Occasionally, an escrow agent will default on his duty to deliver a legal document or property placed with him in escrow. Examples of such defaults include:
Between the buyer and seller, the loss typically falls on the party who owns the property at the time of the default.
If an escrow agent defaults on his duty before the time when the seller is entitled to it, the loss falls on the buyer since it is still his money.
If the default occurs after the time when the seller becomes entitled to the money, the loss falls on him since it is now considered his property.
If you bear the loss resulting from an escrow agent's default, then you have several options depending on the state in where you live. These include filing a lawsuit for:
The best way to protect against an escrow agent's default is to make sure you select an escrow agent you can trust. Otherwise, you should consistently check on the status of the escrow and make sure your escrow agent is doing his job.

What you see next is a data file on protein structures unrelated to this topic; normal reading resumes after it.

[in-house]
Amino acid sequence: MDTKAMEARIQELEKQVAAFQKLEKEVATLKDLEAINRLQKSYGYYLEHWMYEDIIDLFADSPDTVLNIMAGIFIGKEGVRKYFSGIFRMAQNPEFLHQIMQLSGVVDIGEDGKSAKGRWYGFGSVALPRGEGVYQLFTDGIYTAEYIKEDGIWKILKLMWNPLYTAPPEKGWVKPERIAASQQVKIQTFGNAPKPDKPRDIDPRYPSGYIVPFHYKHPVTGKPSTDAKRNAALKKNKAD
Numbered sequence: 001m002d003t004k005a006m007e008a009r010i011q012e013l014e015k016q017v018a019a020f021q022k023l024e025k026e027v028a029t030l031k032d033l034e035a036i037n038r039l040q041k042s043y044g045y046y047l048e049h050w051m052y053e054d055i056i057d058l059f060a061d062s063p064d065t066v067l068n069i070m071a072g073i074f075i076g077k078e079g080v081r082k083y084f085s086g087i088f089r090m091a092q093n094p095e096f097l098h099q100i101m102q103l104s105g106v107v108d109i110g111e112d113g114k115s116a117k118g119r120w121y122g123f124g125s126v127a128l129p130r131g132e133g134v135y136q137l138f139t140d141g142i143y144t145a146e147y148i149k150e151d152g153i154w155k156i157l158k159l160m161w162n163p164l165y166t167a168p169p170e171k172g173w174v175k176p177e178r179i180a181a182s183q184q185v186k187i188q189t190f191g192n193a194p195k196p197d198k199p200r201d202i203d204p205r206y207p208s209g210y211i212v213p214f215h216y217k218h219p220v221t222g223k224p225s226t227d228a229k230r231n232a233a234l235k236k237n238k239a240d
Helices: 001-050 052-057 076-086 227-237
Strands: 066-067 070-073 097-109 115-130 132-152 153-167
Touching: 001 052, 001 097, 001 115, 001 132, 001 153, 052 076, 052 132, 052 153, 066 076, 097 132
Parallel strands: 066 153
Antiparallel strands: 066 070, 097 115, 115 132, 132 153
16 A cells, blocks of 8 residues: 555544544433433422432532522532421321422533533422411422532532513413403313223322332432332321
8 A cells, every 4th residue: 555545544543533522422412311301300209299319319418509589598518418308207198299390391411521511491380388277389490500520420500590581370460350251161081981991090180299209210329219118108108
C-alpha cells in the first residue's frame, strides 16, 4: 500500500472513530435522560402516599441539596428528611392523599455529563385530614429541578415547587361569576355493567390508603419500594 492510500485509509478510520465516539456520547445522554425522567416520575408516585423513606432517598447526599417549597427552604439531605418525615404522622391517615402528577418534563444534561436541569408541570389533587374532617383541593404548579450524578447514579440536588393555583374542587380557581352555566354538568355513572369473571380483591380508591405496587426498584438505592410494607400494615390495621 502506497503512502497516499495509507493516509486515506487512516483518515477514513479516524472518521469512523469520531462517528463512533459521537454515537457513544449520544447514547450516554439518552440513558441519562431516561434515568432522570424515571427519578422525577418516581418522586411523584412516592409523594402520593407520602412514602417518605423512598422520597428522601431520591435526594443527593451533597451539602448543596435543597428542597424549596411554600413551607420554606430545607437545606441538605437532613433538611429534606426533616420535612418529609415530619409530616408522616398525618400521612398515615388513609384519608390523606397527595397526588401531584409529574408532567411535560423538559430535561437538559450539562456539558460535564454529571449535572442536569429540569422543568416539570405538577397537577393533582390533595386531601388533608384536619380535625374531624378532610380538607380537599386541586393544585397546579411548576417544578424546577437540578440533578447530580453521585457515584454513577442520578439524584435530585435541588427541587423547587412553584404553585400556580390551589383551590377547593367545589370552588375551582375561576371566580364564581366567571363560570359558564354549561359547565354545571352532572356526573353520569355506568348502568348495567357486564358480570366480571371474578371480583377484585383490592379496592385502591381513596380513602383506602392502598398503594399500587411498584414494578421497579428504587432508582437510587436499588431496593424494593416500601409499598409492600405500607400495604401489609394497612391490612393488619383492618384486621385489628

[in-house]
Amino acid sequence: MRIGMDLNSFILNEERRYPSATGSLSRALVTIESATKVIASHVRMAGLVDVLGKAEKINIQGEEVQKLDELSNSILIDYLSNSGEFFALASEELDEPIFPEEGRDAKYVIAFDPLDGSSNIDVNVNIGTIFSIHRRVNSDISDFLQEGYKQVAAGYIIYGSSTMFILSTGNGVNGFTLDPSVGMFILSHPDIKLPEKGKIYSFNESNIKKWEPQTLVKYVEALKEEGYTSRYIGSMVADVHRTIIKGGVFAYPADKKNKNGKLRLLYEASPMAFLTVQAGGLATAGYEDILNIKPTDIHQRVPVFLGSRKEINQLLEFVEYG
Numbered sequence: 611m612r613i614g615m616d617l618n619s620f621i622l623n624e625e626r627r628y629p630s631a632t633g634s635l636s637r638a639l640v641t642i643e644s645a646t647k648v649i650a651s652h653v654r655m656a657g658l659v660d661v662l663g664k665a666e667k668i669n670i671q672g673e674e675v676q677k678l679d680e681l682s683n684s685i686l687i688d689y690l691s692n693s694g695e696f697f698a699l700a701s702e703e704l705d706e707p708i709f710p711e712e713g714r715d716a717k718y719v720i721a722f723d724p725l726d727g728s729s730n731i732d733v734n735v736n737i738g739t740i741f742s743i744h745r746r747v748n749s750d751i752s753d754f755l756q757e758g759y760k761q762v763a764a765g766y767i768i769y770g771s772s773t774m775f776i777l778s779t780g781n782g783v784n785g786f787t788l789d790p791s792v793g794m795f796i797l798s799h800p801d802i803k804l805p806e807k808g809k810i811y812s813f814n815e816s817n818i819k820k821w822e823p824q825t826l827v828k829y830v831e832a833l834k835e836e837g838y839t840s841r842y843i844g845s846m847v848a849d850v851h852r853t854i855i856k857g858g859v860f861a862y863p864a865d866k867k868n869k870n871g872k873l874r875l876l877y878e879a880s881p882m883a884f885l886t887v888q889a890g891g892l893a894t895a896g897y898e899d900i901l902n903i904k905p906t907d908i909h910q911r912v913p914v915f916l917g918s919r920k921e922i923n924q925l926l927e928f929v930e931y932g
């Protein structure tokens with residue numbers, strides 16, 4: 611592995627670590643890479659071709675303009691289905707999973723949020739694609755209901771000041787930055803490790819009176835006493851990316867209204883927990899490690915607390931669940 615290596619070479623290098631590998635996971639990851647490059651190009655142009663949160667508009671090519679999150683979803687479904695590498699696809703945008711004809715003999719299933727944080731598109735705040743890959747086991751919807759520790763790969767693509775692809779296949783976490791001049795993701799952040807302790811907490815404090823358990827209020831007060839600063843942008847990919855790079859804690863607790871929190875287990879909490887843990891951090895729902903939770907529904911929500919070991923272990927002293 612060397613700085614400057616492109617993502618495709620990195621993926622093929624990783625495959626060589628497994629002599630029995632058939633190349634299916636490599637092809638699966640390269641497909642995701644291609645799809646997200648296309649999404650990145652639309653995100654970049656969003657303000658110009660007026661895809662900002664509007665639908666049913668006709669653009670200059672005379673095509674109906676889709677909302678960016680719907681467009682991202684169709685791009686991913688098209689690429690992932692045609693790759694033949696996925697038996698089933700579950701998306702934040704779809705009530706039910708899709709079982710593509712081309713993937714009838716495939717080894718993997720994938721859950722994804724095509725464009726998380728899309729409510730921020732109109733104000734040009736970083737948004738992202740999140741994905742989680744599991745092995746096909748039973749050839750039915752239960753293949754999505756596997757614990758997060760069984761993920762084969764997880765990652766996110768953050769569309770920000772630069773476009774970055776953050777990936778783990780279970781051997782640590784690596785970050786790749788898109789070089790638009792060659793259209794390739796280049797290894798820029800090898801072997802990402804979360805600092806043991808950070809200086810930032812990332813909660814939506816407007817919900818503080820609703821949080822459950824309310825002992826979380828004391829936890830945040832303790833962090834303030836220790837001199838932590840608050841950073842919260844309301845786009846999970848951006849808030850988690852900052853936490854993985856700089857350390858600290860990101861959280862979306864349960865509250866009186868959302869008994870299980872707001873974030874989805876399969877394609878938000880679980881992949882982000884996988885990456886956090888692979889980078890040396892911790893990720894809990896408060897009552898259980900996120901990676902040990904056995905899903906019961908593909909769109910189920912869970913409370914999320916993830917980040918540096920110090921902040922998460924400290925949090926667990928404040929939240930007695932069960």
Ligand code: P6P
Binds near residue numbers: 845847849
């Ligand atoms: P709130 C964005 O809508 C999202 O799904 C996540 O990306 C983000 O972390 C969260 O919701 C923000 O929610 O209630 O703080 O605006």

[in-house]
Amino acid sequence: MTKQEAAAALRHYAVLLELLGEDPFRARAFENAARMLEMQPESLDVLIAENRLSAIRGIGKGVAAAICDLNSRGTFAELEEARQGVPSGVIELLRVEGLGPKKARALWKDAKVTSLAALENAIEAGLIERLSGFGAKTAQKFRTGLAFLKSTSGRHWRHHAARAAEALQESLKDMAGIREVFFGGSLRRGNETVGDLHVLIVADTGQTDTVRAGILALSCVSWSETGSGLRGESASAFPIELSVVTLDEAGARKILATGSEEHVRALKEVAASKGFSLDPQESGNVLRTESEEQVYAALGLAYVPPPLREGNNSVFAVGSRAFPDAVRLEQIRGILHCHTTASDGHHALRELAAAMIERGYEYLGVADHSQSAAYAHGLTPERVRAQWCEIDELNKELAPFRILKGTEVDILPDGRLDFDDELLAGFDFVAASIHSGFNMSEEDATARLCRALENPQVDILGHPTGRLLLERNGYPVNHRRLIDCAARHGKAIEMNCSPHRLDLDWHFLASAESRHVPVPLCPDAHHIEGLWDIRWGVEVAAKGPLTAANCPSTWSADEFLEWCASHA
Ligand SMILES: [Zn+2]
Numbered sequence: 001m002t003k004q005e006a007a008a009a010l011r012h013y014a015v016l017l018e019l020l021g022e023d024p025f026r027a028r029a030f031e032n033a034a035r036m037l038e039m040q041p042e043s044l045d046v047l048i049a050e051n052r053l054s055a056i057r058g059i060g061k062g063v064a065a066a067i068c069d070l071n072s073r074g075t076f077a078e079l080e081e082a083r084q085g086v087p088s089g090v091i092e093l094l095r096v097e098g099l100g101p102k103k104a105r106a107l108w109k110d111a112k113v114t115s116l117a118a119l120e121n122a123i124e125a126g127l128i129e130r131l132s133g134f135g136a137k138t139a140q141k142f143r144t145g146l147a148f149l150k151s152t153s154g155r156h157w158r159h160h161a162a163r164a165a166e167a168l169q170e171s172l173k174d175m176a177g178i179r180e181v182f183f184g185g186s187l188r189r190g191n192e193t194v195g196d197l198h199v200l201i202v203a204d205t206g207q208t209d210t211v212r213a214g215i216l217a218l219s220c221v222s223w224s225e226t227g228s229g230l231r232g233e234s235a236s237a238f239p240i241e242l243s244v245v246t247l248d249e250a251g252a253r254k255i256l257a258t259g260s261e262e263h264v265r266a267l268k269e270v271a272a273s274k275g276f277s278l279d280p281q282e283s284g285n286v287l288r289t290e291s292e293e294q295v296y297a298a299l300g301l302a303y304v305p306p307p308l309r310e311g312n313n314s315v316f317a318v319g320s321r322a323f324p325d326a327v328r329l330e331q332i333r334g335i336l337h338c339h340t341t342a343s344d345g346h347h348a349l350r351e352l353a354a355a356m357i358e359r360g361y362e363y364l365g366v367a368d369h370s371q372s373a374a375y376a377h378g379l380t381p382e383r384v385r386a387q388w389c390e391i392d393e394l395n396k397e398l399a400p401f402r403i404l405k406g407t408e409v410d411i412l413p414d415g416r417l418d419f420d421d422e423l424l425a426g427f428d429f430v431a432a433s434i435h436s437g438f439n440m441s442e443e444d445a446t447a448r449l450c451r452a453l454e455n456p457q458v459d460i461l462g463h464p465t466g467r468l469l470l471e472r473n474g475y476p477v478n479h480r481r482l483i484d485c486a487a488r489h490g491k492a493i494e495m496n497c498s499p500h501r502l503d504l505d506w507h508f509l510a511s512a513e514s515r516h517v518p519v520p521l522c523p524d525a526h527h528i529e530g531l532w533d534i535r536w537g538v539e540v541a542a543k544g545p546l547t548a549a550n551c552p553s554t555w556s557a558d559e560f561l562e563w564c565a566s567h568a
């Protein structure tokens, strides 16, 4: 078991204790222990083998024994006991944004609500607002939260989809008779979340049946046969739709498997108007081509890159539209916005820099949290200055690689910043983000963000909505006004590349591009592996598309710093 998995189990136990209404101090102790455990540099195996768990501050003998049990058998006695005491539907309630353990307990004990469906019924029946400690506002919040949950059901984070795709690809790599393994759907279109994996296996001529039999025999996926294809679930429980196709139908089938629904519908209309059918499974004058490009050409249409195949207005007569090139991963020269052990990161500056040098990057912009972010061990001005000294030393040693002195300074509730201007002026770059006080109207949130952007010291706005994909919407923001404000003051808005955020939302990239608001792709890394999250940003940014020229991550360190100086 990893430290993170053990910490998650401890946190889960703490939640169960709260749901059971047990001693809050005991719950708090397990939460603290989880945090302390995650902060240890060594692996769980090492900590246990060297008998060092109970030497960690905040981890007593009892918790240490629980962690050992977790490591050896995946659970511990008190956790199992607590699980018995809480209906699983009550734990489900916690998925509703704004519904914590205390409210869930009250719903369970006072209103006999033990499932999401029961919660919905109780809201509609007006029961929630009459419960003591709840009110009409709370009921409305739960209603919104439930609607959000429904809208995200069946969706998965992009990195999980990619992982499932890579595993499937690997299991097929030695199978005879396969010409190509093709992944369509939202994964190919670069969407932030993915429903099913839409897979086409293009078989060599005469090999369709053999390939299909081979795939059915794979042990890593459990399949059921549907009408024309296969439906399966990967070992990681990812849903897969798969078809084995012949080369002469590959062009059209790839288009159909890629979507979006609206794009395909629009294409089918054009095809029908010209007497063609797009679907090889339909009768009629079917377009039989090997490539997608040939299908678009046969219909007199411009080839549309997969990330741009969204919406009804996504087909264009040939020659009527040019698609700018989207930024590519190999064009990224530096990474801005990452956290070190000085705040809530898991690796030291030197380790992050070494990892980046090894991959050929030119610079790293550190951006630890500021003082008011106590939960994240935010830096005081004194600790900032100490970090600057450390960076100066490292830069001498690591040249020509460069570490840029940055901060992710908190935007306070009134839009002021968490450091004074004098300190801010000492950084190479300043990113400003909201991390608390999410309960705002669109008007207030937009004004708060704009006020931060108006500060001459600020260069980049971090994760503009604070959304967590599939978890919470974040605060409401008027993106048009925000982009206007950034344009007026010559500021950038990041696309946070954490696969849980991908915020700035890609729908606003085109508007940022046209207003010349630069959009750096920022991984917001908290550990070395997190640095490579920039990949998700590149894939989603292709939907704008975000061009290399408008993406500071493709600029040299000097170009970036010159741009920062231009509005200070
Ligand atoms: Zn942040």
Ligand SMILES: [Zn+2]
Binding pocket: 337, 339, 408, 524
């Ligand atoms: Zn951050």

If your escrow agent defaults and you are responsible for the loss, an experienced real estate attorney can help you in obtaining specific performance and/or damages. You may also wish to report the escrow agent's actions to the police for possible criminal prosecution.
Last Modified: 03-31-2015 09:32 AM PDTLaw Library Disclaimer
We've helped more than 4 million clients find the right lawyer – for free. Present your case online in minutes. LegalMatch matches you to pre-screened lawyers in your city or county based on the specifics of your case. Within 24 hours experienced local lawyers review it and evaluate if you have a solid case. If so, attorneys respond with an offer to represent you that includes a full attorney profile with details on their fee structure, background, and ratings by other LegalMatch users so you can decide if they're the right lawyer for you.